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Abdominal Cutaneous Nerve Entrapment block

Abdominal Cutaneous Nerve Entrapment is a common source of pain that we have discussed here, and a link to a good article about this is below.  One of the things that can help this pain is the injection of a small amount of local anaesthetic and locally acting steroid around the nerve where it is trapped, which is normally at the outer edge of the rectus muscle ("six-pack") where the nerve passes through the muscle and its surrounding sheath.

In addition to this, other nerves in the abdominal wall such as the genitofemoral nerve and ilioinguinal nerve can be trapped as they pass through the abdominal wall, and similarly the pain resulting from this can respond to injections.

To do this, the skin is sterilised and then a small dose of local anaesthetic is injected with a very fine needle to numb the skin, and then (either by touch or sometimes with the help of an ultrasound machine) a fine needle with a slightly flattened tip is placed onto the outer part of the sheath.  When the point of discomfort is identified the needle is advanced through the sheath and the drugs are injected around the nerve.  

Normally, although there is a short twinge of discomfort (which, if it happens, is actualy encouraging because it confirms that the injection is in precisely the right place) and then almost immediately the pain is more comfortable.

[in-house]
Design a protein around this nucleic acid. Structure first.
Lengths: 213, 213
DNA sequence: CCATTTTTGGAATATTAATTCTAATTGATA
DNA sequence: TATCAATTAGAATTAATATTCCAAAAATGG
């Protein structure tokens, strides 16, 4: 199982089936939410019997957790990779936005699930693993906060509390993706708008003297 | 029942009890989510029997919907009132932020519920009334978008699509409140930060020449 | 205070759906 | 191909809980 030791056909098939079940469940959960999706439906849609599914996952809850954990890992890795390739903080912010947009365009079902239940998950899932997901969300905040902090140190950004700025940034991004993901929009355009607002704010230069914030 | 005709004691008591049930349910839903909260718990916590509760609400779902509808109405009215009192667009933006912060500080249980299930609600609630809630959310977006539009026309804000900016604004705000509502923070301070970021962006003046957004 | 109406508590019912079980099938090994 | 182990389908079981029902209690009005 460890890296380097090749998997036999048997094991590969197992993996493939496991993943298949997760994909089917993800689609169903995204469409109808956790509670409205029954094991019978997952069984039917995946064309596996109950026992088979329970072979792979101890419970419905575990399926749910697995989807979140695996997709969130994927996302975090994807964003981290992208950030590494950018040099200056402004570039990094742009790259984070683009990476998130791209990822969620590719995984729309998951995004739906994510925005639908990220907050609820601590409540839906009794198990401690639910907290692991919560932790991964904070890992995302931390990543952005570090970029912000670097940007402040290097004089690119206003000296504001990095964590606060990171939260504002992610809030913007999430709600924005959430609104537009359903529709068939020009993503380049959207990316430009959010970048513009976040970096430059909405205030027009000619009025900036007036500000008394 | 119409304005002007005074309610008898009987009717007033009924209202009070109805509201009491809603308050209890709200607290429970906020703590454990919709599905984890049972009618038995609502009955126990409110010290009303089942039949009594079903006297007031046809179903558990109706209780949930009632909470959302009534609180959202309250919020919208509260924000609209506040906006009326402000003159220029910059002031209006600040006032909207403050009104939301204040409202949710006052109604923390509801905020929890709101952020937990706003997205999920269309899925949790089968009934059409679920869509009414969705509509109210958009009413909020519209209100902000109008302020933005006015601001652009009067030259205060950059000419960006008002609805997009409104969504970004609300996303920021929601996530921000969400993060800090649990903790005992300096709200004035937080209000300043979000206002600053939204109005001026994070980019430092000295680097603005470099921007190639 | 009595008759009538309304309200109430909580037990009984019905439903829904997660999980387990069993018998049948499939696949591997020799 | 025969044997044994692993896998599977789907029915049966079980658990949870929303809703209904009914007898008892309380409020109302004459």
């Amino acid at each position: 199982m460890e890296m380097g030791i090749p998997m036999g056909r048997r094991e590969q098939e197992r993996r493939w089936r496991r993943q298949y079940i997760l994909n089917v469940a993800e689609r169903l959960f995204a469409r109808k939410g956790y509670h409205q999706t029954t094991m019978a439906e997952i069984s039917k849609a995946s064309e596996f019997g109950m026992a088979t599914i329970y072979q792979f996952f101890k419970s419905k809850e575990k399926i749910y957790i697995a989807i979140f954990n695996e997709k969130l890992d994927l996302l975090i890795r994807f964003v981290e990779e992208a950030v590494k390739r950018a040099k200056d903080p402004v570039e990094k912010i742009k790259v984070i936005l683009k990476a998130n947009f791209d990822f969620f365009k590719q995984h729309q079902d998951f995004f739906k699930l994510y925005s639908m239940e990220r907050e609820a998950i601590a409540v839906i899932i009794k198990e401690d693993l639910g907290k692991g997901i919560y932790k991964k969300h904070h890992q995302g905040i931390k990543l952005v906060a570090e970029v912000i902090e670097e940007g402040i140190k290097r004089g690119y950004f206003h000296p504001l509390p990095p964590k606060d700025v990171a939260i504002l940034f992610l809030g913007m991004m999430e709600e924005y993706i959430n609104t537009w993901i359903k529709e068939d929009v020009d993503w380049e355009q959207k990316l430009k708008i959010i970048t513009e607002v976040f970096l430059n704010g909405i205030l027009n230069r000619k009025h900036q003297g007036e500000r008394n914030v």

Afterwards, patients stay for a short period to ensure that they have no immediate ill-effects and then go home shortly afterwards.

(Please see general comments on the Procedures page)

You can download our Pain Service's information sheet on this procedure from this link.



A site on Abdominal Cutaneous Nerve Entrapment which, although written for doctors, many of our patients find both comprehensible and very useful is here.




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Pain Service Website, Gloucestershire Hospitals NHS Foundation Trust
Webmaster Dr J G de Courcy, Consultant in Pain Medicine and Anaesthesia
email: pain.webmaster[at]

Page updated 22/6/2016